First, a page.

A surprising study found that men who succeeded in the ‘storm diet’ improved their sperm quality by more than 40% for 8 weeks.
According to the results of a joint study between New York University’s Langon Health Medical Center and the University of Copenhagen, Denmark, a high-intensity, low-calorie diet for 8 weeks resulted in a 41% increase in sperm count and a 49% increase in sperm density (concentration) in men who lost 16kg.
However, in order to maintain this state, the weight had to be maintained.
“It’s never easy to lose that much weight, but I was surprised that the quality of sperm improved so quickly,” said Bobby Nazari, an assistant professor at New York University in the research team. Sperm quality is assessed by sperm count and density (concentration).
The researchers asked 47 obese men between the ages of 20 and 63 to follow a low-calorie diet (800 calories per day) for 8 weeks. The researchers then randomly assigned them to one of four groups during a one-year maintenance phase.
The first group was given exercise, and the second group was given liraglutide, a diabetes drug often used to lose weight. The third group was instructed to take liraglutide along with exercise. Nothing was recommended for the fourth group.
The research team asked people who exercised to do moderate exercise, such as walking briskly for at least 150 minutes each week. They even offered exercise classes to motivate them.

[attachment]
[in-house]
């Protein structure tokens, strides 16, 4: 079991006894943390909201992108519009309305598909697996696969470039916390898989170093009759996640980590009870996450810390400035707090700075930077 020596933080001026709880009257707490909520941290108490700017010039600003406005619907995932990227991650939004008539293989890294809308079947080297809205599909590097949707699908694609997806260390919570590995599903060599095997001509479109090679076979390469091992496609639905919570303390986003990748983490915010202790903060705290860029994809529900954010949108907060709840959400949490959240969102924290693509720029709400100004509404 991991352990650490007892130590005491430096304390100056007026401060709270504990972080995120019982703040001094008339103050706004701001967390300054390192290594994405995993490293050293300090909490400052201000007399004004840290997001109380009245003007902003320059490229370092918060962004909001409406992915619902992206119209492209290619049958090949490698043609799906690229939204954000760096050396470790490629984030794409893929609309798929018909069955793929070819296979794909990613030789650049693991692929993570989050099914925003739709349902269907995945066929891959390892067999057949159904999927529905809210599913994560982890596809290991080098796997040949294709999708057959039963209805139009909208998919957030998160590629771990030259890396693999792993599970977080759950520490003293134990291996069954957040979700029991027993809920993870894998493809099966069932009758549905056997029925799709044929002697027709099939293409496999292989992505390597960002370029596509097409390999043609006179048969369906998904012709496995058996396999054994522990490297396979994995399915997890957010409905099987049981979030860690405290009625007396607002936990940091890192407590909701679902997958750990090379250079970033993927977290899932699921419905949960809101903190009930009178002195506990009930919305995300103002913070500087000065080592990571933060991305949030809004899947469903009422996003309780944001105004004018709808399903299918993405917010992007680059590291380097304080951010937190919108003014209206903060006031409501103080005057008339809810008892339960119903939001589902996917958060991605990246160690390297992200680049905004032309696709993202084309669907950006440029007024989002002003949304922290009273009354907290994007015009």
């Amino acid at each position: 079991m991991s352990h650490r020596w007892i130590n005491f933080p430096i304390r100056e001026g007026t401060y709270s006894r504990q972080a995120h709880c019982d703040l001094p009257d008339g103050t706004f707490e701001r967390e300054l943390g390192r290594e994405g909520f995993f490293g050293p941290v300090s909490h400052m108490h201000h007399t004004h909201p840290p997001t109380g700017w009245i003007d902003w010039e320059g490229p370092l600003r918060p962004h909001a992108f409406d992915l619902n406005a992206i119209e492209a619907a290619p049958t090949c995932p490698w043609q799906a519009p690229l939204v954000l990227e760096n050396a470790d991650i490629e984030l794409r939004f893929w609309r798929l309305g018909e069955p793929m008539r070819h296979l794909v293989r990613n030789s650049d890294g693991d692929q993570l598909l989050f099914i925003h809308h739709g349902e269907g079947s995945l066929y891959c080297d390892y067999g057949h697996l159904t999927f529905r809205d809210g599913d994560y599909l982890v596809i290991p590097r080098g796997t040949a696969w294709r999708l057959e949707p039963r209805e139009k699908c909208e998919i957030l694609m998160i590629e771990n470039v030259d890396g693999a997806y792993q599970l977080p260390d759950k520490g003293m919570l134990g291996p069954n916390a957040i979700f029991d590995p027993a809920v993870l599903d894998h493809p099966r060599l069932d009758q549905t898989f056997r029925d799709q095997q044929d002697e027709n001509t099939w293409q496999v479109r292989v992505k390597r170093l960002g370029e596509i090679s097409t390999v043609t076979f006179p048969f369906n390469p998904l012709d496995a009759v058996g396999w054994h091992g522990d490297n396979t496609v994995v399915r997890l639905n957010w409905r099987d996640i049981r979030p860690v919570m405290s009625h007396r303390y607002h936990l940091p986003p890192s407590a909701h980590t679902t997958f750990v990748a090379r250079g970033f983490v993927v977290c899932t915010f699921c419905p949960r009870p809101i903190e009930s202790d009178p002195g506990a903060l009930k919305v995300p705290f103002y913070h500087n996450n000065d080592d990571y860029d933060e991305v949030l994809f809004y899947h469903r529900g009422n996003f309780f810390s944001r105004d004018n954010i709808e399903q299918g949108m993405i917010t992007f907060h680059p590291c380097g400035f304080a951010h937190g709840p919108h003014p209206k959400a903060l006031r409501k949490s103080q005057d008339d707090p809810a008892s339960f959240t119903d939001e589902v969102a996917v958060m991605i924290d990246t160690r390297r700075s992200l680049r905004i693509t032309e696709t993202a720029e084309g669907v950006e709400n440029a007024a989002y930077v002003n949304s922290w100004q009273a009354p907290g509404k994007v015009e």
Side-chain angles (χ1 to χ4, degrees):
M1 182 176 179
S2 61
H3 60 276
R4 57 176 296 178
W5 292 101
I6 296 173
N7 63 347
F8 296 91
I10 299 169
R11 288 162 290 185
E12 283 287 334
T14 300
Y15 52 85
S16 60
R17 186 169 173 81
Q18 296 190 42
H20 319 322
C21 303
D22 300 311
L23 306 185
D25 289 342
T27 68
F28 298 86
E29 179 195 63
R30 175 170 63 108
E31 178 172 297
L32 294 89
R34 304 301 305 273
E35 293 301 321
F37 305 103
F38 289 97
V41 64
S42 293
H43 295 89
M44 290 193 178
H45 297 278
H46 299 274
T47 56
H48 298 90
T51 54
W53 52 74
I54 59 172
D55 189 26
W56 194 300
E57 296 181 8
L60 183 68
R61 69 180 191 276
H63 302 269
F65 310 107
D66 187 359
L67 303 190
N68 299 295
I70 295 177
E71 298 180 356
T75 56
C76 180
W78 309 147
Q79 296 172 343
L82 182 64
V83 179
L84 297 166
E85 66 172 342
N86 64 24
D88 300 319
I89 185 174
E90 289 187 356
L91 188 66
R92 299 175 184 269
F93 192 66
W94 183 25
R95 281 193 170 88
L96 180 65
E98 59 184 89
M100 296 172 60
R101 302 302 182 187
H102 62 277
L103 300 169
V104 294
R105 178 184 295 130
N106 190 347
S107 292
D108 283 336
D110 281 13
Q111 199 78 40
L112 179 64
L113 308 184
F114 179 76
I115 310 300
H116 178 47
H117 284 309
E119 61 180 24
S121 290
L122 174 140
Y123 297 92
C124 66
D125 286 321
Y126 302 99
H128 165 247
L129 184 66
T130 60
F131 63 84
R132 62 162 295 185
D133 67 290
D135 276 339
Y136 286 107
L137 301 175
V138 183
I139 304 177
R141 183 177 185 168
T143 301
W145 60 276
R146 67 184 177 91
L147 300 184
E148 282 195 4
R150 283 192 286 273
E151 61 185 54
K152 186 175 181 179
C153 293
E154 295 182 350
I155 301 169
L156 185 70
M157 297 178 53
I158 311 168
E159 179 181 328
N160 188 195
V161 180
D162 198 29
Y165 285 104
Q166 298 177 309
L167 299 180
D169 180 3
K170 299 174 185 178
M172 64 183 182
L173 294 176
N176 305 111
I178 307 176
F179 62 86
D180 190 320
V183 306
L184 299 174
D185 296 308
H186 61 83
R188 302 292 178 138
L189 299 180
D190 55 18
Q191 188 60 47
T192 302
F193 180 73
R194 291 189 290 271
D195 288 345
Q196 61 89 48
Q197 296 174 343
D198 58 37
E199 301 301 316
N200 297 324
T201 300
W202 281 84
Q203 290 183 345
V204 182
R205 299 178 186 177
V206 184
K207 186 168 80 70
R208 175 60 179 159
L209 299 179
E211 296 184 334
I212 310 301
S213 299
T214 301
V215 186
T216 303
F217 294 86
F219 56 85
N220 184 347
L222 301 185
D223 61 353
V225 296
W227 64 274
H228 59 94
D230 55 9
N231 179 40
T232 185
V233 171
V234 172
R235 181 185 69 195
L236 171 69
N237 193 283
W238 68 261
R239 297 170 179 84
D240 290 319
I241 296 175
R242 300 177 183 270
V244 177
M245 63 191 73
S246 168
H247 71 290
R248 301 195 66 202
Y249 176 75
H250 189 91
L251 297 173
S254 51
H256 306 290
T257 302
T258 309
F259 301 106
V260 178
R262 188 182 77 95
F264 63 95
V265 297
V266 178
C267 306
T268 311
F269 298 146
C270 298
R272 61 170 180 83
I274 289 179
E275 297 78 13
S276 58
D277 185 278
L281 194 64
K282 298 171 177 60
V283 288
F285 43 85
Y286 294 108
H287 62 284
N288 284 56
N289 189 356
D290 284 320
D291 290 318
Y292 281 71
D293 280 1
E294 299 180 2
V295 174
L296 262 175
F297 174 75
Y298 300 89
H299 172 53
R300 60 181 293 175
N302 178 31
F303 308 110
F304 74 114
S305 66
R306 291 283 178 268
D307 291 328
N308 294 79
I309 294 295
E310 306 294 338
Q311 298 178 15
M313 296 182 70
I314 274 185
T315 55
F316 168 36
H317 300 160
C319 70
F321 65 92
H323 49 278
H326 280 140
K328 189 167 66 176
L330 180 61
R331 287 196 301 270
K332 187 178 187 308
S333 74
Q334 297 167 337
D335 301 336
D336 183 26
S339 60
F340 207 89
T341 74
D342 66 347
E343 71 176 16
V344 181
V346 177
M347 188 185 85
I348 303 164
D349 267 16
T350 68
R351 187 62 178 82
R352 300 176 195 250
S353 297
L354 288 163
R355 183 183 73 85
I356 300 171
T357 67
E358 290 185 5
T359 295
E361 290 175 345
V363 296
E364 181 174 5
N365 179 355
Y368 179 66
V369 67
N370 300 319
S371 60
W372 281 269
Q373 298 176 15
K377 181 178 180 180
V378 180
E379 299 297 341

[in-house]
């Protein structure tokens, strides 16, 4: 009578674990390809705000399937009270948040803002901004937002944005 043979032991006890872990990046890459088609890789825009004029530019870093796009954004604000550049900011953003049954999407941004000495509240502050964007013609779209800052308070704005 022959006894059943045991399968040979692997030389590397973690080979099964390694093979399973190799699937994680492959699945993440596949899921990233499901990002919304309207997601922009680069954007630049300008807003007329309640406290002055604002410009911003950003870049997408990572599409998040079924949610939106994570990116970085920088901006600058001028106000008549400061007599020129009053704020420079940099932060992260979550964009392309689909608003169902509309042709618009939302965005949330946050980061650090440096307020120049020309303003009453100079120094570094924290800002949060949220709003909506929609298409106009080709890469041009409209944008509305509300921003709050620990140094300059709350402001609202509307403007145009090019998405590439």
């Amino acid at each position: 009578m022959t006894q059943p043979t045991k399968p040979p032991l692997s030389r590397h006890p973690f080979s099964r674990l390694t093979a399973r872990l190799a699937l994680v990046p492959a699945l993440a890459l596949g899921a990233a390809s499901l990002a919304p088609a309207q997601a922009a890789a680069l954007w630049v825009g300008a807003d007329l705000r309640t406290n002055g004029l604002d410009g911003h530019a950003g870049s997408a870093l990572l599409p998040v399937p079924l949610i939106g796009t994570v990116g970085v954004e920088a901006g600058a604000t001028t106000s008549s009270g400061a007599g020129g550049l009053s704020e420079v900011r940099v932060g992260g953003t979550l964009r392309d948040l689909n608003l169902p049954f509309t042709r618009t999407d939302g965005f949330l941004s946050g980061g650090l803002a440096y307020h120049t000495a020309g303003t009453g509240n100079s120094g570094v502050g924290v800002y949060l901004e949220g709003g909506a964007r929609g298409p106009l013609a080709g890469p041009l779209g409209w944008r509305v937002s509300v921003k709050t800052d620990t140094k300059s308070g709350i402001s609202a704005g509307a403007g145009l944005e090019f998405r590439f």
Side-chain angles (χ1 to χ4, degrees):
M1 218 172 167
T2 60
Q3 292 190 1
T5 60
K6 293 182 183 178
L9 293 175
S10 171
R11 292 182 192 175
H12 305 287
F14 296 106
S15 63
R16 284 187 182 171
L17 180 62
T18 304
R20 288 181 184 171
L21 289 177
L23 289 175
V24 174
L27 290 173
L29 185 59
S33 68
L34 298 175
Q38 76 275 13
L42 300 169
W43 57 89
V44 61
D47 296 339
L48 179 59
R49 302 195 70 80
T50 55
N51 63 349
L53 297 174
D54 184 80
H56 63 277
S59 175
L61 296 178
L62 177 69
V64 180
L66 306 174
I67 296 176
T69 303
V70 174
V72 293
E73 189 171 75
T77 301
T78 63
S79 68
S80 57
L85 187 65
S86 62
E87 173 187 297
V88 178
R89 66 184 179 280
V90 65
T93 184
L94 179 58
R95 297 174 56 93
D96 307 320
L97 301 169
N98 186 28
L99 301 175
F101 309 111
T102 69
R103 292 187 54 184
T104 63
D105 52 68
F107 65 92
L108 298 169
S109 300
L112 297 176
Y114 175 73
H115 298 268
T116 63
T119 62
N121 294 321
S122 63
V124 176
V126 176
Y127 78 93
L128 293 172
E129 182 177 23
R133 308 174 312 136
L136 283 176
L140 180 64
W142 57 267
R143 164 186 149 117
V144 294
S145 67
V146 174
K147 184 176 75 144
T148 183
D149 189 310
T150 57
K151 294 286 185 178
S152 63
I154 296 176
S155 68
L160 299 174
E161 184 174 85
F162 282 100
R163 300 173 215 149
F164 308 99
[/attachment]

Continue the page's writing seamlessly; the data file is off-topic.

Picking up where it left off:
The study found that the participants lost significantly more weight and improved sperm quality significantly after eight weeks of dieting.
After one year, about 50% of the participants practiced one or both of exercise and taking diabetes medication for weight loss. They all had already improved sperm quality.
However, in the case of men who returned to their original weight, sperm quality was not maintained.
It’s unclear whether the participants had a history of infertility, or whether weight loss improved fertility, according to the researchers. Too much adipose tissue can promote the conversion of testosterone to estrogen. Obese men also had lower testosterone levels than lean men.
The researchers said that if an obese man tried to conceive with a partner for six months and failed, it would be a good idea to get a semen test.
The results of this study (Sperm count is increased by diet-induced weight loss and maintained by exercise or GLP-1 analogue treatment: a randomized controlled trial) were published in the journal ≪Human Reproduction≫ and the American liver cancer media ‘Health Day’ introduced
By Kim Young-seop, staff reporter firstname.lastname@example.org